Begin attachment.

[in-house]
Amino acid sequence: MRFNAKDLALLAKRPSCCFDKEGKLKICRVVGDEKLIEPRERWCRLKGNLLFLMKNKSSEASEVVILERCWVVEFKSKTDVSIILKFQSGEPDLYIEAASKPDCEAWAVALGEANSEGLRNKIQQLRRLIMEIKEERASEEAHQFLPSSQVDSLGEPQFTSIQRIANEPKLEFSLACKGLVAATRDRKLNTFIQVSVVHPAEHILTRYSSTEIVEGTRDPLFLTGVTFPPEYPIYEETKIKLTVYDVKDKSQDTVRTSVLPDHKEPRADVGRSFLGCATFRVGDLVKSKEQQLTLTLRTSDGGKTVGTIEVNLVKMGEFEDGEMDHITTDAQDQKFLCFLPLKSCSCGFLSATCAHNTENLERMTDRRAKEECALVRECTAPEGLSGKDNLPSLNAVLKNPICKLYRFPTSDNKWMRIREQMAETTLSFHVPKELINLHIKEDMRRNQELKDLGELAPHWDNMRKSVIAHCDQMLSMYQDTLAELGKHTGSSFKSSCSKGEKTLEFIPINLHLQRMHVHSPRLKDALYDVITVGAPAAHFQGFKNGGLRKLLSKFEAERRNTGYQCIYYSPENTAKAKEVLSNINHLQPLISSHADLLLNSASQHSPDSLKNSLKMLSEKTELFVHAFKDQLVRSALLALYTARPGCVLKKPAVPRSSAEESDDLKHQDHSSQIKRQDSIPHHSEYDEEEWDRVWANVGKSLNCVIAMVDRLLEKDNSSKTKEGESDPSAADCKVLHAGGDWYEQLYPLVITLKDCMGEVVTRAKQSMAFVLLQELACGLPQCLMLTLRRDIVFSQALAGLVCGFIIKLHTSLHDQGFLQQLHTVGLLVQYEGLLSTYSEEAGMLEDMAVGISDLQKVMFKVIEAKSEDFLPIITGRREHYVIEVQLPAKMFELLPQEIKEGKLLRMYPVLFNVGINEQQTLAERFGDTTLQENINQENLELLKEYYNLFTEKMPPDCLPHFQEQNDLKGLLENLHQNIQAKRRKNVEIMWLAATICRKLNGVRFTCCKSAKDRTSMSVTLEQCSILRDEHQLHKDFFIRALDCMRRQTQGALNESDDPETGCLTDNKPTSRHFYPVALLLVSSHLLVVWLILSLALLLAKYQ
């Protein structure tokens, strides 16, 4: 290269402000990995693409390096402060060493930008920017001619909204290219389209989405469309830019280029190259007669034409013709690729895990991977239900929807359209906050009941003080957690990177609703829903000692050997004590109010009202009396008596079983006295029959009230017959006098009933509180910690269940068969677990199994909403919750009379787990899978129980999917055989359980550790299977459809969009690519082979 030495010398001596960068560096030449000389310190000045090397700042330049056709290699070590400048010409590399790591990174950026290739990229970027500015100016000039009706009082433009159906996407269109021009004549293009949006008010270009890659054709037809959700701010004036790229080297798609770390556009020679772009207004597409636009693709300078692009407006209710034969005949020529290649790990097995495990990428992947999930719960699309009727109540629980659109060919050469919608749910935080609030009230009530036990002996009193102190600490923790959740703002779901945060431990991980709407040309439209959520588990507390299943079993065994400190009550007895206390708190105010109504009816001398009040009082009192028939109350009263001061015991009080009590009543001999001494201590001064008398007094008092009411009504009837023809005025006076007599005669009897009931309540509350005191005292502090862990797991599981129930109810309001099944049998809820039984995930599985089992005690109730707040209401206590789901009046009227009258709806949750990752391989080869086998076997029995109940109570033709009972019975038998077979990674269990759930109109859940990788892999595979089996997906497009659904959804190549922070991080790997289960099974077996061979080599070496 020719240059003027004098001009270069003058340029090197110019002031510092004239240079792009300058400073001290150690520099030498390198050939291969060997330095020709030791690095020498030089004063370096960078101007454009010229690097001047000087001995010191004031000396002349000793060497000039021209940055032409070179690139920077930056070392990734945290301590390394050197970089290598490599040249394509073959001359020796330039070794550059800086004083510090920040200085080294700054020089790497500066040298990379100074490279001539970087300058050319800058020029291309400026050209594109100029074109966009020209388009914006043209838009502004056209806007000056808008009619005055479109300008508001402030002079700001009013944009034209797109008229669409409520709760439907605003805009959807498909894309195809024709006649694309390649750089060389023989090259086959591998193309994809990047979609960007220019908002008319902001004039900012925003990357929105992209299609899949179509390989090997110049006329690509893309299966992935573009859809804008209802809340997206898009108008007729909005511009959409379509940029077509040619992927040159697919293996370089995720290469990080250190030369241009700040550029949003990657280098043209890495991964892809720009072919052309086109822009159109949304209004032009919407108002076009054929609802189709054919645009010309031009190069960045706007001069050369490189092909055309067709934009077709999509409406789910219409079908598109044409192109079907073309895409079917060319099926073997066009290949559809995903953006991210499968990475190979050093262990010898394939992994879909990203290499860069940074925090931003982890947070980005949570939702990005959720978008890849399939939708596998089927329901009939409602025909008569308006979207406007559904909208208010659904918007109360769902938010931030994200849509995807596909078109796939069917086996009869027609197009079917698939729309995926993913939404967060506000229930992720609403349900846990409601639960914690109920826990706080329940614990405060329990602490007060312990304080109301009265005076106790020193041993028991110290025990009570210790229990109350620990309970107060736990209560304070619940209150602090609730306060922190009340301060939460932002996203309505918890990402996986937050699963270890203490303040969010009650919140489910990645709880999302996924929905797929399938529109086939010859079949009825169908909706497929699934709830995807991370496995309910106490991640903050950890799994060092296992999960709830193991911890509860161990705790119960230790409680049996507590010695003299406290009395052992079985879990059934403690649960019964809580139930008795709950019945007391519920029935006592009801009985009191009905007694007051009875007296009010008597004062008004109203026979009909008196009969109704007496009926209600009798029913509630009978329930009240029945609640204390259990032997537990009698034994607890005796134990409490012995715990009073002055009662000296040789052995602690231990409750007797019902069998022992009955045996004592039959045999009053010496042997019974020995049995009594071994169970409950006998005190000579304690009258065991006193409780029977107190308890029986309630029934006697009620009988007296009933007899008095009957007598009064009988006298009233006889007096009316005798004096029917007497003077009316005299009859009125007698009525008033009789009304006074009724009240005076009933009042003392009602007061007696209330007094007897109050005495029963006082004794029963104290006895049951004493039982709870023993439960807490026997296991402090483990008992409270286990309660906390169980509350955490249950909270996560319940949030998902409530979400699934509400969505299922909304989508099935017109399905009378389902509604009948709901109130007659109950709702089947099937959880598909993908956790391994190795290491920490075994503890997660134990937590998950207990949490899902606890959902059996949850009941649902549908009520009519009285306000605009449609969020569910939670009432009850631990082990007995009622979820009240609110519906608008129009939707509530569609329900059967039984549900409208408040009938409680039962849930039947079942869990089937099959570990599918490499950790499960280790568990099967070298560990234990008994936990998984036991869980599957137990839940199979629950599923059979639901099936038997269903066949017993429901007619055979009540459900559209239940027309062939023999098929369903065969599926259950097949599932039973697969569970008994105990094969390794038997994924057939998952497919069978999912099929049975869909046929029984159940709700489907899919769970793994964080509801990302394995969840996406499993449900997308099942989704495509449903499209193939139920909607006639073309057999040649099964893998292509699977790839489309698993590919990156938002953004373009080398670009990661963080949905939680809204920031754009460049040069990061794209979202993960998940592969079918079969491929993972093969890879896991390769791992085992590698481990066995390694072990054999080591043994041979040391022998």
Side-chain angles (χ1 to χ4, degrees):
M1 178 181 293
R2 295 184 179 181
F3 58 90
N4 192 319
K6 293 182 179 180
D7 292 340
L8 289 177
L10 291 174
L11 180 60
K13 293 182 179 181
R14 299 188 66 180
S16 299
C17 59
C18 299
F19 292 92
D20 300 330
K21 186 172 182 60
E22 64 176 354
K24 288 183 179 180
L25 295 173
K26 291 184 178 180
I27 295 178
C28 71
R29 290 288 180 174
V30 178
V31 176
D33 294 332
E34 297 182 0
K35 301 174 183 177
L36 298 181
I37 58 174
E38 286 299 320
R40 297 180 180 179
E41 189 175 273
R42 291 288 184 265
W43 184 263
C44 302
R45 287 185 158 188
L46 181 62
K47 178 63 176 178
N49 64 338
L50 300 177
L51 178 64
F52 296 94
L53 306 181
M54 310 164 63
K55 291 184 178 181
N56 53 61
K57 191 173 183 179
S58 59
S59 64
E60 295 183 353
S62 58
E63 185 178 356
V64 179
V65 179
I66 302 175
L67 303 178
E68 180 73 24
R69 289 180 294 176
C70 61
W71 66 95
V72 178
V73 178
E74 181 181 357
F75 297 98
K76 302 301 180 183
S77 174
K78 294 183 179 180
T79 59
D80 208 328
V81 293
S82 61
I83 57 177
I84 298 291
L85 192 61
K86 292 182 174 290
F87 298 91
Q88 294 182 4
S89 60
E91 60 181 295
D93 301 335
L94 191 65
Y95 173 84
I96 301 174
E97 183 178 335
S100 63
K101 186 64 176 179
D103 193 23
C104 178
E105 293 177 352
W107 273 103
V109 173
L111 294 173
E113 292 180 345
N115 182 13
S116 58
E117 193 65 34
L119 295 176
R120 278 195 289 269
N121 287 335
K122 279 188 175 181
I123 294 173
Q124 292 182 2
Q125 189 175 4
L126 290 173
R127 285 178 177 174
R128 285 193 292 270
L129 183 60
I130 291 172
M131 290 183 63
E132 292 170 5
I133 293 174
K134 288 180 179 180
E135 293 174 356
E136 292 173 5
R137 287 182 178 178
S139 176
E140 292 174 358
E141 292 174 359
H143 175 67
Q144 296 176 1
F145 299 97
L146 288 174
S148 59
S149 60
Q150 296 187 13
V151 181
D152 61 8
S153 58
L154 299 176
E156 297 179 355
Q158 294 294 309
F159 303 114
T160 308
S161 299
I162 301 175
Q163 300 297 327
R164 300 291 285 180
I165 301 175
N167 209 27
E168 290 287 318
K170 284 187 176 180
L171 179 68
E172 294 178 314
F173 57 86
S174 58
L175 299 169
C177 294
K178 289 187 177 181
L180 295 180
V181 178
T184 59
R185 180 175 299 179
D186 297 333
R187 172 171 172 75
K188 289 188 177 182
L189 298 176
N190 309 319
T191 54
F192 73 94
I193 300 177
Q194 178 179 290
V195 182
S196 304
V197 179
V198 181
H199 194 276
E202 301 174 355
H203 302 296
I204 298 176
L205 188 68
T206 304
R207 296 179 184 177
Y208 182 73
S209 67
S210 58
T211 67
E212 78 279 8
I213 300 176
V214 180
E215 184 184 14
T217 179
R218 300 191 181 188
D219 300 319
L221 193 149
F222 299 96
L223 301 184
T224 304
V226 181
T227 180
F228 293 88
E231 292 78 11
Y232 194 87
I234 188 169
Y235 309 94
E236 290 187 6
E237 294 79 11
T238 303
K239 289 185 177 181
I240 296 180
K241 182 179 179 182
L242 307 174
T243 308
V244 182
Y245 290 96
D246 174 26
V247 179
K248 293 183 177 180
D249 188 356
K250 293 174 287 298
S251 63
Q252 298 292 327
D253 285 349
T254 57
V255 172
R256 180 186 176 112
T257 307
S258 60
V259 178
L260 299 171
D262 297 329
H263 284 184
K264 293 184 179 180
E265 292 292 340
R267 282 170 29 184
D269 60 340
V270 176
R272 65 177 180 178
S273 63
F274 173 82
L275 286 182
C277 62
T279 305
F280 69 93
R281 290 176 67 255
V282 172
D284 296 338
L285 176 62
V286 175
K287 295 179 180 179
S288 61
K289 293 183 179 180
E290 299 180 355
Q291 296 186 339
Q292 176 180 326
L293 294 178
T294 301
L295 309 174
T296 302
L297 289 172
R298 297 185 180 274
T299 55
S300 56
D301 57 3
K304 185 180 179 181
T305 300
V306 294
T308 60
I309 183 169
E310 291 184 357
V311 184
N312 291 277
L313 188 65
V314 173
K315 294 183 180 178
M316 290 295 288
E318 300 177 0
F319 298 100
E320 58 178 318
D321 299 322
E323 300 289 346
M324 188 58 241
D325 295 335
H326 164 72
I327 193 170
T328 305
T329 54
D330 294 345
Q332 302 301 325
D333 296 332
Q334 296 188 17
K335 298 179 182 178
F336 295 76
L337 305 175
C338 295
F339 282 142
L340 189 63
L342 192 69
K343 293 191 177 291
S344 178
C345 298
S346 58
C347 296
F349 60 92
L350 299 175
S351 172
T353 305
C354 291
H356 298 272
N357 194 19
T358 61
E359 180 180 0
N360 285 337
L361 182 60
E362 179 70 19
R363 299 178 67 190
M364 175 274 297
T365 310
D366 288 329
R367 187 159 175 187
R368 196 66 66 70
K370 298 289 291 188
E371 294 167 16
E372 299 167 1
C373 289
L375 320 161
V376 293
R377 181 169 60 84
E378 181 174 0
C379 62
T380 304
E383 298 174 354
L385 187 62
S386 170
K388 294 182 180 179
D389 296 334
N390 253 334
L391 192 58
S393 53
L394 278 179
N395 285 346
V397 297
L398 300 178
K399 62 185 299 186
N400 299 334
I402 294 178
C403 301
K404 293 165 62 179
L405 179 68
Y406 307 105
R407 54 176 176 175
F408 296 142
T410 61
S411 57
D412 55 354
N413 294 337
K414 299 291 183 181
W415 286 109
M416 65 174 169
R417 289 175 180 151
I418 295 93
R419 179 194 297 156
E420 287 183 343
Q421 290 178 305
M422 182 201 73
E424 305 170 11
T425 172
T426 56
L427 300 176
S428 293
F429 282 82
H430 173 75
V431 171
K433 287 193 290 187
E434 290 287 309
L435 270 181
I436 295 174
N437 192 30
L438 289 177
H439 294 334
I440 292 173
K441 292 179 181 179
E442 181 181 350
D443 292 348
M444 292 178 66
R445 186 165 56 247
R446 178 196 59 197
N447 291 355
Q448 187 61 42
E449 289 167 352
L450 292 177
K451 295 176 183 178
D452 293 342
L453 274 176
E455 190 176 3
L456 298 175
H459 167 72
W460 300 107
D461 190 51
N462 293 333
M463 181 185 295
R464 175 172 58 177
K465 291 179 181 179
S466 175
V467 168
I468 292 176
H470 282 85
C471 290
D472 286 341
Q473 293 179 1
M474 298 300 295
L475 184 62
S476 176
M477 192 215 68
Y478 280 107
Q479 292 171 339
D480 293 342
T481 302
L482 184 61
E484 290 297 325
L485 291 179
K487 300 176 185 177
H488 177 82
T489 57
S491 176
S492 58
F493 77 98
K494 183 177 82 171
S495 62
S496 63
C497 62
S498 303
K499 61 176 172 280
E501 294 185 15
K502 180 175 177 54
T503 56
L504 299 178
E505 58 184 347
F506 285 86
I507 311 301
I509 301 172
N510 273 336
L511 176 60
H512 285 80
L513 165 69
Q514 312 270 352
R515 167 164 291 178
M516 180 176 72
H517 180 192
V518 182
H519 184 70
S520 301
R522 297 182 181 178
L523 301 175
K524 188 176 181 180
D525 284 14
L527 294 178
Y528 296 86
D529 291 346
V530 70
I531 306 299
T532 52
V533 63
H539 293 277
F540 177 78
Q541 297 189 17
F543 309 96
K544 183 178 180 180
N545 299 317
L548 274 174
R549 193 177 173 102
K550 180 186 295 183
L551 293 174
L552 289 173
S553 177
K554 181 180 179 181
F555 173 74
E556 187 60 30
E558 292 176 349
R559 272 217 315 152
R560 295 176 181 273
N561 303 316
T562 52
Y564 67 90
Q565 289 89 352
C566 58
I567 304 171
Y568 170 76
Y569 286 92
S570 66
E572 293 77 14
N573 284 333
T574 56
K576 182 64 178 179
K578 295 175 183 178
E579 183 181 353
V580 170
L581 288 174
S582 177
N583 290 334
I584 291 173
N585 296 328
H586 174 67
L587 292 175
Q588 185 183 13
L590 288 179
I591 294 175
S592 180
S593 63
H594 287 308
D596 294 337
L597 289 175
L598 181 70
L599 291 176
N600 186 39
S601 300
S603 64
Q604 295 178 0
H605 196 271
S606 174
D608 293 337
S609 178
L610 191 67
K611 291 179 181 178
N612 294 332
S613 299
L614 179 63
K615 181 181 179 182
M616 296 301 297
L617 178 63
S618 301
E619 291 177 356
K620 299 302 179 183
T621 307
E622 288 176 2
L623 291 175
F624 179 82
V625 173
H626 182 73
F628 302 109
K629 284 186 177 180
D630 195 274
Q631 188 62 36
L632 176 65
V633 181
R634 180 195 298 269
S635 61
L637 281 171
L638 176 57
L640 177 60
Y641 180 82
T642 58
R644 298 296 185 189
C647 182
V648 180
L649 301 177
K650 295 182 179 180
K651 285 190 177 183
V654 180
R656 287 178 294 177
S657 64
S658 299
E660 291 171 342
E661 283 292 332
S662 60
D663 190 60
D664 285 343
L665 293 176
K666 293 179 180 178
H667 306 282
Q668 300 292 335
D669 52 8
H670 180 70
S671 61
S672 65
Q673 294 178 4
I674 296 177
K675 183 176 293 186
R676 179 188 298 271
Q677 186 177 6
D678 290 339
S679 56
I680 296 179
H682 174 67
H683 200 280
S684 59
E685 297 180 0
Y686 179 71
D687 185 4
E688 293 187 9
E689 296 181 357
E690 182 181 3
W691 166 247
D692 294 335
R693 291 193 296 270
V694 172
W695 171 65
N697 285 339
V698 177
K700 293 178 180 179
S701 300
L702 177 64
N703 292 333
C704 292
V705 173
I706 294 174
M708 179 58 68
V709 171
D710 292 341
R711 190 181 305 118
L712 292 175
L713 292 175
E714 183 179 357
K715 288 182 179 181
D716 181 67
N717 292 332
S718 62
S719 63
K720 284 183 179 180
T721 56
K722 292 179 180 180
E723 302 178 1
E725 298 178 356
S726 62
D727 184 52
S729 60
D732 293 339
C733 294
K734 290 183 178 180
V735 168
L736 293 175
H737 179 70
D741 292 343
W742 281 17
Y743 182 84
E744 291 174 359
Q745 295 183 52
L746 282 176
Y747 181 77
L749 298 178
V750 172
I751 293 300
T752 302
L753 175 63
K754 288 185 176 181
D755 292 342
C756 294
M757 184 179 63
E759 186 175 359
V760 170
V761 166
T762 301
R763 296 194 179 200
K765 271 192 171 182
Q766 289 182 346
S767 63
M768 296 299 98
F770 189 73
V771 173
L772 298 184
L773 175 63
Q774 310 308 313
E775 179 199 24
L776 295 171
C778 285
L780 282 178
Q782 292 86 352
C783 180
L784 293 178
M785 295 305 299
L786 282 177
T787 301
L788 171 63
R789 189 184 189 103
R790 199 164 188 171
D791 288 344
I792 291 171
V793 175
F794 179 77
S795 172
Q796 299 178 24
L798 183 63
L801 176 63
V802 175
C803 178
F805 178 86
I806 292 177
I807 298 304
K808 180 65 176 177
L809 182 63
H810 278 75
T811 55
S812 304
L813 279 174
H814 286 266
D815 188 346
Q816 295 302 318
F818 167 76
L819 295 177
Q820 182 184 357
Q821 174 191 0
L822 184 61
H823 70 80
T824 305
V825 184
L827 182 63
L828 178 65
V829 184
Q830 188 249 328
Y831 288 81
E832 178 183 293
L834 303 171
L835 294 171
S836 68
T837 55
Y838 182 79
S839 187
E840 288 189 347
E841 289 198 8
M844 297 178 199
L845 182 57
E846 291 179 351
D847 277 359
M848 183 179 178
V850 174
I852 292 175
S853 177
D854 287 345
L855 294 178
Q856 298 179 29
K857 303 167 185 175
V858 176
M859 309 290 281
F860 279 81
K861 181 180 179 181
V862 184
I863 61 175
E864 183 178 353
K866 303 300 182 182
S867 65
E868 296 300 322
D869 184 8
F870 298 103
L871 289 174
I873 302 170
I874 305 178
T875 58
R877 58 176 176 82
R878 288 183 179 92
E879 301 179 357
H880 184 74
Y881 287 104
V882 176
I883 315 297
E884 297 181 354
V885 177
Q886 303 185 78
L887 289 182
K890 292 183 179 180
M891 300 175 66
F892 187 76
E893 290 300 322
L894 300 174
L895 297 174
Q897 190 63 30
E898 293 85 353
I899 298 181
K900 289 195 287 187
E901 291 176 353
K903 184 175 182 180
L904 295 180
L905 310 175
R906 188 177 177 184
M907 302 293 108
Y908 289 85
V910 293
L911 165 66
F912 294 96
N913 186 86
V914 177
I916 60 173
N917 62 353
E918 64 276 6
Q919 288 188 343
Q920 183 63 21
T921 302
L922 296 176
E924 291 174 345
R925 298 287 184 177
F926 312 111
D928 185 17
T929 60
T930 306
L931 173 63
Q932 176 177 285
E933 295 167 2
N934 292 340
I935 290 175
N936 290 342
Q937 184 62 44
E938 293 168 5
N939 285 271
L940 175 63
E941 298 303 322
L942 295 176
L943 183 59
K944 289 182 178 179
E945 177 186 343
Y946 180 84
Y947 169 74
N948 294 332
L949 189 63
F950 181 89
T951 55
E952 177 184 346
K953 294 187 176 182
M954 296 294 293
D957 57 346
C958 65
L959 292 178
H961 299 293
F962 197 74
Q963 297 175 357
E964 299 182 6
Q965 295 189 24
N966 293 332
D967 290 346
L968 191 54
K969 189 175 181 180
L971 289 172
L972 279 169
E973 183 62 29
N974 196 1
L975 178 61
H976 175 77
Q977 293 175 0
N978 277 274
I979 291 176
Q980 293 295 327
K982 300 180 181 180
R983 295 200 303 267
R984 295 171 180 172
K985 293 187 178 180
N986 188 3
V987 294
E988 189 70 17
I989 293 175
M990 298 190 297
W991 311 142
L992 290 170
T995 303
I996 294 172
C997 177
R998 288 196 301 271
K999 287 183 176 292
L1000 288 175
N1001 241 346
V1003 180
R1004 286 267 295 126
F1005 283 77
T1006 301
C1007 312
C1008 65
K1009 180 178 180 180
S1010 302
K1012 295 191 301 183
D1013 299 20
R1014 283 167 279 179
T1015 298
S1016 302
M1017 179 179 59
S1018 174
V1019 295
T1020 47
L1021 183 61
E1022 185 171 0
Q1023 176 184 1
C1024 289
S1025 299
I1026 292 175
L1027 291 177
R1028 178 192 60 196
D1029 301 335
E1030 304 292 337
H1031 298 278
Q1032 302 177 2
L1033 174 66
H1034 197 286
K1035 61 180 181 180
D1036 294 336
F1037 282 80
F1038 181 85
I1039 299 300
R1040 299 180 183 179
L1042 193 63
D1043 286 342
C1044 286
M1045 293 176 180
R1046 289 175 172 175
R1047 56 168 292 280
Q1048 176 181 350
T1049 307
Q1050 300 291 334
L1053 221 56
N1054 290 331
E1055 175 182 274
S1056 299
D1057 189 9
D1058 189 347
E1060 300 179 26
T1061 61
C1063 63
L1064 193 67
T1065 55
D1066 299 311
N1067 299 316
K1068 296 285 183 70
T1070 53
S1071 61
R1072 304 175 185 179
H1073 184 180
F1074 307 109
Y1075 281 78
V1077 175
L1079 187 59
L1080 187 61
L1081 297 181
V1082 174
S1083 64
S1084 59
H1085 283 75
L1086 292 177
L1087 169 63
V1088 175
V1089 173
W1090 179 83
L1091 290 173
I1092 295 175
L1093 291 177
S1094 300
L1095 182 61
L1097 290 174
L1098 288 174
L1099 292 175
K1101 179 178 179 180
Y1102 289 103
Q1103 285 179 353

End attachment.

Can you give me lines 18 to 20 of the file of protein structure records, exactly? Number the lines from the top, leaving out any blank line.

C18 299
F19 292 92
D20 300 330